So, 2012 now will be the year of the water bond.  In California politics, 2012 is about as far in the future as white-wigged Whigs are in the past.  Who knows what mischief will transpire between now and then?  Well, we have a few ideas:

  • Chances are very good that at least one citizen initiative countering the bond will be on the ballot.  It will likely be a greener alternative, but it could also be a more gung-ho one, calling for the fast-tracked construction of more storage and a new  canal. It just depends on who raises enough money to send out the signature-gathering armies.
  • Forces will be tearing at the water bond itself.  Expect bills by the boatload in the next legislative sessions, each pushing one constituency’s position forward and another’s back.  So far, the rather miraculous coalition supporting the bond has held together, but can it last two more years?
  • Expect wet winters … or dry ones. Who knows? Either way, weather will influence the electorate.
  • And oh yeah, expect there to be a presidential race on the 2012 ballot, with all the attention and emotion it will bring.

We are supporters of the bond.  We think “meaty” describes it much better than “porky,” particularly if it’s compared to previous water bonds. We think the state’s water infrastructure has deteriorated to the point where big steps are needed.  We understand that in California, you’re not going to be able to get anything through the legislature that solves everything and does it without some sweeteners thrown in and some necessities thrown out.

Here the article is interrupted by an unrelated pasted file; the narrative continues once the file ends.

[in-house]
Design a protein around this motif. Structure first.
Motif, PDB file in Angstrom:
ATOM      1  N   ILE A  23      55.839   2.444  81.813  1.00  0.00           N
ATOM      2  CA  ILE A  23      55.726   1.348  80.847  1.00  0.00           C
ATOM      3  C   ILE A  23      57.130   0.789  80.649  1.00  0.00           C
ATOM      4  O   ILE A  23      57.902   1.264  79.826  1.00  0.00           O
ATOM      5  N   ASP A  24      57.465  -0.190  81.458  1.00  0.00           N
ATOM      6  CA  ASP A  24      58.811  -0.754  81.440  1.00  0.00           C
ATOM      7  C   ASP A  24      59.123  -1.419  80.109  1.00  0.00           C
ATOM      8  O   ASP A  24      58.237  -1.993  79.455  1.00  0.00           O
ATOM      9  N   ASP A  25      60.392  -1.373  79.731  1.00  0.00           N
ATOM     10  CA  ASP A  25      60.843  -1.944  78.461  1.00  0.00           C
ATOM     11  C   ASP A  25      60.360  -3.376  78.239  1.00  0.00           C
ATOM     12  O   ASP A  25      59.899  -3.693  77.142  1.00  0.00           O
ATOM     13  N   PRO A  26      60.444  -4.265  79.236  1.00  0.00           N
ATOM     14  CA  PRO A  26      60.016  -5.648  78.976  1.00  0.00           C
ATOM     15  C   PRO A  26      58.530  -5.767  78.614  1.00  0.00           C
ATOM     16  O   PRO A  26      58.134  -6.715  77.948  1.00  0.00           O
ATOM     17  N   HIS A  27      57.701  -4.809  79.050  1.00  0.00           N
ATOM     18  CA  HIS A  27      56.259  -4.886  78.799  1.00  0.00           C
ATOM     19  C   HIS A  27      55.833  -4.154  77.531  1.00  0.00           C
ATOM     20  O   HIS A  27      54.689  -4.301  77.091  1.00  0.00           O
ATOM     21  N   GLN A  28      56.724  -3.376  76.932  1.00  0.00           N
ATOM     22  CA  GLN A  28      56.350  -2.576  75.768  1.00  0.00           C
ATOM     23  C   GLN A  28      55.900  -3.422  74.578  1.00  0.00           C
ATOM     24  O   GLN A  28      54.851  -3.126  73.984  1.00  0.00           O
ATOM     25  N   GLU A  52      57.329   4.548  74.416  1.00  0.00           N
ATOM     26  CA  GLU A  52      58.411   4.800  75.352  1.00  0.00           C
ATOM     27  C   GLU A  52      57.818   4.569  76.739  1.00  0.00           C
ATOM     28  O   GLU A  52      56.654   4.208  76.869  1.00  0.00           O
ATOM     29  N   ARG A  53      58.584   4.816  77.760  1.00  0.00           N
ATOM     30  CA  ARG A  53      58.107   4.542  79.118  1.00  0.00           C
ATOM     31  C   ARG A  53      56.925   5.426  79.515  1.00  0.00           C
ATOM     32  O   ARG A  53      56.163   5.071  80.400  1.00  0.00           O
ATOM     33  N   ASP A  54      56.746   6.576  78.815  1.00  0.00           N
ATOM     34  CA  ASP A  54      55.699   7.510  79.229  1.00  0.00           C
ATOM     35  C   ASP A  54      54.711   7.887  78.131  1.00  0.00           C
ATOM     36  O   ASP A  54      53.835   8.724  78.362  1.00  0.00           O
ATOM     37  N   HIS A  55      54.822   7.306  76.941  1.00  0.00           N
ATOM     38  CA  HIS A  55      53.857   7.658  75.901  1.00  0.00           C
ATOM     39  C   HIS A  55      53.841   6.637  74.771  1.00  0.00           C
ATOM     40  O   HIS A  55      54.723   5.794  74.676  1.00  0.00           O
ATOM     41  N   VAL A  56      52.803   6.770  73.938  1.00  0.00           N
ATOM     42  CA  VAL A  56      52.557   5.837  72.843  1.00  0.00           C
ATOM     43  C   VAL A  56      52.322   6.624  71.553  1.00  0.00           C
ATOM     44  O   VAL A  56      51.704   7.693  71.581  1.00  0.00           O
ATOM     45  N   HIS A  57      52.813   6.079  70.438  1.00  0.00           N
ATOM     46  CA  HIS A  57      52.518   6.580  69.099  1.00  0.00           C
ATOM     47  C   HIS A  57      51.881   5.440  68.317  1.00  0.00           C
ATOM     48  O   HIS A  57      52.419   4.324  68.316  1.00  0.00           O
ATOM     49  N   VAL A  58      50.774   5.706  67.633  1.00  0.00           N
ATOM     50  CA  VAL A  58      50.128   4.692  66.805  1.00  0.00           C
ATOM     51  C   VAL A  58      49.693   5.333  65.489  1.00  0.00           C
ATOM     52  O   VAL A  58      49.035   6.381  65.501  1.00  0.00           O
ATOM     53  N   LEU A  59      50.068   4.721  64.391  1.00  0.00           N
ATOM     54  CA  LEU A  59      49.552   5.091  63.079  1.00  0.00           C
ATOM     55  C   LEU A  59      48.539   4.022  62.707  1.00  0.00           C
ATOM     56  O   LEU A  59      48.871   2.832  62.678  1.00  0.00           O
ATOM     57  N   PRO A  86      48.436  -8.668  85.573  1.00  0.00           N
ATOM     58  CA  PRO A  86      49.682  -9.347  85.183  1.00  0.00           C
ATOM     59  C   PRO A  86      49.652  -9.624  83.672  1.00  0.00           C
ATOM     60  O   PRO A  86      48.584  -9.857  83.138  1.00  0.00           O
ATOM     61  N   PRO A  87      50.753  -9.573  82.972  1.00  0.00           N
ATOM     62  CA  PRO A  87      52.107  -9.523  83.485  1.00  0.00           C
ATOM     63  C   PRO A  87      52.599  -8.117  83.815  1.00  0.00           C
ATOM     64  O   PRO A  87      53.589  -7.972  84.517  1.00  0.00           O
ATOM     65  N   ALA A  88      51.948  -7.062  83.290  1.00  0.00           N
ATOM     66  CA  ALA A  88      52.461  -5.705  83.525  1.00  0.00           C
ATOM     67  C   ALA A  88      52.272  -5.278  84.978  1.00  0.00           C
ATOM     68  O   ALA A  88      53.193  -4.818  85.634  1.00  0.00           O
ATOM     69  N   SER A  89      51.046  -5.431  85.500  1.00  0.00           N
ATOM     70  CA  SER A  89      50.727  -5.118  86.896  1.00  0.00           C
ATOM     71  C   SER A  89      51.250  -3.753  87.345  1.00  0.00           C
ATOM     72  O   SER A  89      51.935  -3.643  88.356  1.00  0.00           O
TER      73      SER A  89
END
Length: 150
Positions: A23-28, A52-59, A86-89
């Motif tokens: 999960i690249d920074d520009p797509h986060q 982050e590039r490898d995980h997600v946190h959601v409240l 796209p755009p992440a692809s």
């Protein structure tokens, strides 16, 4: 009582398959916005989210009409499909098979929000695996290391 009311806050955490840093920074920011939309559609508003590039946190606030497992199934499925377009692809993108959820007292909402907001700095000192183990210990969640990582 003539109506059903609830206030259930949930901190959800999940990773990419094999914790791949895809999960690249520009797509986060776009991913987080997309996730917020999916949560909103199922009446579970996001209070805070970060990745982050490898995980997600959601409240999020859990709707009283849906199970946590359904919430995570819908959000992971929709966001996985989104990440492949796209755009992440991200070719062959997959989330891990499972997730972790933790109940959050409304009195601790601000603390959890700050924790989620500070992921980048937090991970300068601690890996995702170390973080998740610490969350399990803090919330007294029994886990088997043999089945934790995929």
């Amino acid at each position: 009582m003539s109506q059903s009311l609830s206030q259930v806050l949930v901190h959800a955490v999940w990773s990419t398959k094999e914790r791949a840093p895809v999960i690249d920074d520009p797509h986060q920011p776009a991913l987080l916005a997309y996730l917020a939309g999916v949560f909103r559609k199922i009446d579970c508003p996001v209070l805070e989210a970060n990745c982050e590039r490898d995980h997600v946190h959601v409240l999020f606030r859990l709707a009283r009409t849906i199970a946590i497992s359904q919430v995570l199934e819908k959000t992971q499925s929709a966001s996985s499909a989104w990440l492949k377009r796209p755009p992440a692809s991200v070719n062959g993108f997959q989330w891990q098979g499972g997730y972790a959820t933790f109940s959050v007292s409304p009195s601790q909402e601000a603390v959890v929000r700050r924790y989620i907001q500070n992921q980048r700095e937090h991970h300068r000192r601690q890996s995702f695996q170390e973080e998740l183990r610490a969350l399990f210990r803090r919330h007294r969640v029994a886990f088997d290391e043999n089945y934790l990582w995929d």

In short, we’re willing to settle for the miraculous, even if it’s not the perfect.

Restore the Delta, a rabidly anti-bond group that puts the Delta “sense of place” above the state’s economic vitality, just said, “The problems with the bond will only grow more glaring in time.”

That’s what they fervently hope. Supporters of the bond need to counter this by showing – clearly, conclusively and forcefully – that it’s the problems with the state’s water infrastructure, not the problems with the bond, that are growing more glaring, and at an alarming rate of speed.

The recent State Water Resources Control Board staff report calling for an end-of-life-as-we-know-it level of cuts in water exports from the Delta, bad as it is, is a step in that direction.  Here’s hoping the water bond campaign has the resources, courage and capability to build a solid messaging lead in the next two years, and that the best bond wins.